Artists use music videos to further a number of different aims. The most ambitious weave epics that read like short films, attempting (and often failing) to communicate a vision that would elicit comparisons to the greats of long-form film. For most artists, however, the goals are much simpler: to create the atmosphere in which the viewer understands some version of the artist’s present. This is why many rappers shoot videos in expensive cars, or why the “performance vid” has become a near-obligatory measure of a rock band’s credibility: they seek to bring you into their life, using the camera as the lens for you to see their life as they wish for you to see it.
Pattern is Movement doesn’t make too many videos, and a cursory search of the duo’s name on Youtube elicits a lot of random live videos that are either put up from touring shows or released under the auspices of other video series’ . But when they do make or officially sanction videos, they put a subtle twist on archetypal music video conventions by highlighting their innovation and eccentricity; instead of portraying the idealized version of their existence, or making some profound directorial statement (which they leave to established film directors), they bring the focus to their collective headspace, highlighting the path towards their artistic progression.
Yesterday’s Pattern is Movement album review highlighted the band’s increasing incorporation of themes from RnB and neo-soul. For those who didn’t hear the omnipresent hip-hop flourishes in their previous works, they made their intentions for the new record evident with the video for “Untitled”. Released in October, the video brought a studio version of one of their best-known live covers to recorded life with a trippy and colorful reworking of D’Angelo’s original and highly controversial video. Is that actually D’Angelo in the shot? Is it one of the band members imitating him? Neither question really needs an answer – that ambiguity, backtracked with their highly ambitious cover, shone a light on the kinds of experimentation that was to come in this group’s next chapter.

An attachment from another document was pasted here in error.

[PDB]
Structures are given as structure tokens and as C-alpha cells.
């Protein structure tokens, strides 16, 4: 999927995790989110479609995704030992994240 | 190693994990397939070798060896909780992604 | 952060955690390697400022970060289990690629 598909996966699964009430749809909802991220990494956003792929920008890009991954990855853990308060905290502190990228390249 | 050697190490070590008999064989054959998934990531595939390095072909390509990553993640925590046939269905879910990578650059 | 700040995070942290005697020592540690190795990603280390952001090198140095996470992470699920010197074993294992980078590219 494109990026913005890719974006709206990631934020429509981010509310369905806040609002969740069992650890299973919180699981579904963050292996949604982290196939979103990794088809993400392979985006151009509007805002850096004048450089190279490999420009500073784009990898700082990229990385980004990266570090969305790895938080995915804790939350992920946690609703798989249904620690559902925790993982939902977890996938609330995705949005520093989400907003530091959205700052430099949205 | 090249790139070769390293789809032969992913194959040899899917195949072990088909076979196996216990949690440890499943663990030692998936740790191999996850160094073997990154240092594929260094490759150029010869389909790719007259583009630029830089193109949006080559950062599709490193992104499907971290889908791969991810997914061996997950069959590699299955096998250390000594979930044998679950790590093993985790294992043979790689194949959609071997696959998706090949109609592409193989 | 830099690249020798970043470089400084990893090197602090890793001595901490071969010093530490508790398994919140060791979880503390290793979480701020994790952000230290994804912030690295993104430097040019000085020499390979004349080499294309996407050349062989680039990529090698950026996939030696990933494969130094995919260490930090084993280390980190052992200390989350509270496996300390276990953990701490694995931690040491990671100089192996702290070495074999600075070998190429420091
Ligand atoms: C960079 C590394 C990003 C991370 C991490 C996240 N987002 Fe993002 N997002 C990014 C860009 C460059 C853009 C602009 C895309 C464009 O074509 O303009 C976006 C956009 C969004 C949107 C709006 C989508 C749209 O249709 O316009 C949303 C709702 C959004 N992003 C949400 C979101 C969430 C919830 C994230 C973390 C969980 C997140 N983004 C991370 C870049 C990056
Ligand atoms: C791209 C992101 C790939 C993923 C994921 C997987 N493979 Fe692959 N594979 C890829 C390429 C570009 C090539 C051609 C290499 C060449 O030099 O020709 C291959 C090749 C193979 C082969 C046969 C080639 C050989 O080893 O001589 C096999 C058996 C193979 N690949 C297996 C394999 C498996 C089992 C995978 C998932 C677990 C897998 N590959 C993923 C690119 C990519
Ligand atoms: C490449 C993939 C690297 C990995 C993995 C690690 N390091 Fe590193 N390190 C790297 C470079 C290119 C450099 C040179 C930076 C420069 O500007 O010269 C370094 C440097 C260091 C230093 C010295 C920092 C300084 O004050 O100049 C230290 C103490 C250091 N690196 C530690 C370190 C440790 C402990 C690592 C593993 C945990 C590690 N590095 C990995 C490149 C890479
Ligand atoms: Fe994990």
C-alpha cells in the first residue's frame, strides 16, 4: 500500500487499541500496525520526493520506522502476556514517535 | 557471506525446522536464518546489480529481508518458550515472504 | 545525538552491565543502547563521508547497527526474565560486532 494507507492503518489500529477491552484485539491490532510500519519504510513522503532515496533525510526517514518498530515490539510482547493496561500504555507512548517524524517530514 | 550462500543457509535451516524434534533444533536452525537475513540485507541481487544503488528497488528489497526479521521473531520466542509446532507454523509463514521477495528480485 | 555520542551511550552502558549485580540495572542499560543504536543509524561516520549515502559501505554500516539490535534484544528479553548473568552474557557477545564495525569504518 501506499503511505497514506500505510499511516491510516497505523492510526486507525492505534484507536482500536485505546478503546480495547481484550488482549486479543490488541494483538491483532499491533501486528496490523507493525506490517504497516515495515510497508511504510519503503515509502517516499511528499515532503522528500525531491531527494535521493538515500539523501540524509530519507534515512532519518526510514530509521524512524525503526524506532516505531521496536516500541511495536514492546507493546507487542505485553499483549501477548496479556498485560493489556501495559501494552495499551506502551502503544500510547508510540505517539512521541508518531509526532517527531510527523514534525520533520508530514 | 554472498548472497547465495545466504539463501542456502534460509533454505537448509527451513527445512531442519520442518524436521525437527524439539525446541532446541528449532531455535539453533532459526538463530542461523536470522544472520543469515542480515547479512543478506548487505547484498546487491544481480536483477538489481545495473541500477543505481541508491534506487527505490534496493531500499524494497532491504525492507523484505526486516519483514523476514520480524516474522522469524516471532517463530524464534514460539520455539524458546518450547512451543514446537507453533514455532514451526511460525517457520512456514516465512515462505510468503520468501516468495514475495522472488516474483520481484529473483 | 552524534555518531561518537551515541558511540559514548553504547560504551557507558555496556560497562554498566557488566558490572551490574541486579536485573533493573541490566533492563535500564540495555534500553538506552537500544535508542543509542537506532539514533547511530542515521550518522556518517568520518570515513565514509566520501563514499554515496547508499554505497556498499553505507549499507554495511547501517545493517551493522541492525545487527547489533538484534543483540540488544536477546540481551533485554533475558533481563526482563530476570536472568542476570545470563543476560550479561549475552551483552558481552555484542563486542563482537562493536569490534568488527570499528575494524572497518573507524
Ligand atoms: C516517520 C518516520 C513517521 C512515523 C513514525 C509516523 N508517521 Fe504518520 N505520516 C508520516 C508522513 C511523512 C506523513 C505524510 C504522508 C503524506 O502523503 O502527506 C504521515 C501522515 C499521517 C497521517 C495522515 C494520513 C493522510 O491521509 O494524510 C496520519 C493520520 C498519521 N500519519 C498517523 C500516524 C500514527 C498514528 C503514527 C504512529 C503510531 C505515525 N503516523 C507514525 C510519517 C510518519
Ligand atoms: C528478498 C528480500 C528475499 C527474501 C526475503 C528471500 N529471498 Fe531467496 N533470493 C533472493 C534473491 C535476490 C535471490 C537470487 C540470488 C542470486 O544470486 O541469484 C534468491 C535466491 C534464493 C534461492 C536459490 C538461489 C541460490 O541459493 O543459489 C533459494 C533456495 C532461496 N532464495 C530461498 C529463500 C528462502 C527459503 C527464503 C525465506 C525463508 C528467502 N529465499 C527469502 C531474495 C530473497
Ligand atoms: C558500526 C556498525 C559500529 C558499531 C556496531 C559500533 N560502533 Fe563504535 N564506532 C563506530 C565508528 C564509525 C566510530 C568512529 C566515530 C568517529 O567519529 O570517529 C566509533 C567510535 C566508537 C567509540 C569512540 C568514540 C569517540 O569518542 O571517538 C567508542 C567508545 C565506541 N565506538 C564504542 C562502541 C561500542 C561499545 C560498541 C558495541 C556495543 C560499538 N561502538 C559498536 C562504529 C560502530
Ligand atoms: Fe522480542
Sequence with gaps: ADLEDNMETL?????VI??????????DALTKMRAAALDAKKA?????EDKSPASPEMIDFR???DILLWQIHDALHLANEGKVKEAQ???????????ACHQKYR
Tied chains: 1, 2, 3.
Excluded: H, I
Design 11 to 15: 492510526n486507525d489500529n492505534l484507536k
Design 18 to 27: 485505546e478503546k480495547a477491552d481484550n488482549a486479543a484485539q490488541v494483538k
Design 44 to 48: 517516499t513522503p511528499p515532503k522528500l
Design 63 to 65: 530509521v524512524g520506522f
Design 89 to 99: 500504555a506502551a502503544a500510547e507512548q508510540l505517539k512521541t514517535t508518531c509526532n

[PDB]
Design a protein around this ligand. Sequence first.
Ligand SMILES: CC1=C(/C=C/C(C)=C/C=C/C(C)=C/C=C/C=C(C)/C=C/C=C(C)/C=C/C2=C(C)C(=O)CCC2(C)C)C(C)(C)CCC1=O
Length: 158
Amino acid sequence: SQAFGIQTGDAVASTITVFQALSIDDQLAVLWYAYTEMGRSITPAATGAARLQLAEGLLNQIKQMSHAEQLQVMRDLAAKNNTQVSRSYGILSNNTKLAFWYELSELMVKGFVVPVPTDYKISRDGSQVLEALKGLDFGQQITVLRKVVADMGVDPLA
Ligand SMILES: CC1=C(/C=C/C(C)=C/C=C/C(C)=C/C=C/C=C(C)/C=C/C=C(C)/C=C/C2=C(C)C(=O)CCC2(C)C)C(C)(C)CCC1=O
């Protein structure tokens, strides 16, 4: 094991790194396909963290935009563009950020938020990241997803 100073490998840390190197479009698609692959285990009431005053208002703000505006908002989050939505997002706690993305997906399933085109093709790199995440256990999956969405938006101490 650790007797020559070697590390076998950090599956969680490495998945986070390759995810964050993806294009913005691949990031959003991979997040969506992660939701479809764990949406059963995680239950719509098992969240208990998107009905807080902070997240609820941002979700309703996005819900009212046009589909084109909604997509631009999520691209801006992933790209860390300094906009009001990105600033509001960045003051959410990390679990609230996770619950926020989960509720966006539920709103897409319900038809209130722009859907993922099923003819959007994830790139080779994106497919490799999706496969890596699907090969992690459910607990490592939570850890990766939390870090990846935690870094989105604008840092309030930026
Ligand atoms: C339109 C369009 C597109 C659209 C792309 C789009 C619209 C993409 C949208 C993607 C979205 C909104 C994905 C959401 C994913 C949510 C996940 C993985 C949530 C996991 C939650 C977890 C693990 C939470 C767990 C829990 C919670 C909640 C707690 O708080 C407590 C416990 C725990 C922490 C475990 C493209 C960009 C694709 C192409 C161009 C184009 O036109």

Their most sophisticated live videos, even those which they do not put together, work in this way as well. It’s a testament to a group that cares about the highest quality live performance, even if it means utilizing samples (looked down upon in rock, yet welcome and even expected in hip-hop). The new album features an enormous, lush sound that is all but impossible to fully embody with only two people, and the duo meet this challenge with a new set-up that has Thiboldeaux and Ward triggering samples live. The above video, compiled from footage shot at the CMJ festival of album cut “Little by Little”, provides a perfect example of what to expect in the ongoing changes of their live set-up and the ways in which they employ their expansive sonics despite their limitations as a duo. This is a transition from previous set-ups, in which the band simply reinterpreted the songs in a stripped-down format; while that kind of performance certainly has its place for an experimental rock group, the all-encompassing cabaret elements of their music are arguably lost when they cannot be heard live. Call it what you want – either way, the band utilizes their live video output to anticipate the kinds of live innovations that accompany their recorded evolution.
So when the band says that they’re making their first music video, they do a disservice to the ways in which their Youtube output has actually served to define them: forward-thinking, ever-curious, and almost prophetically anticipatory. We can’t wait to see what they’ll deliver next.Boot and Saddle, Pattern Is Movement, Unlocked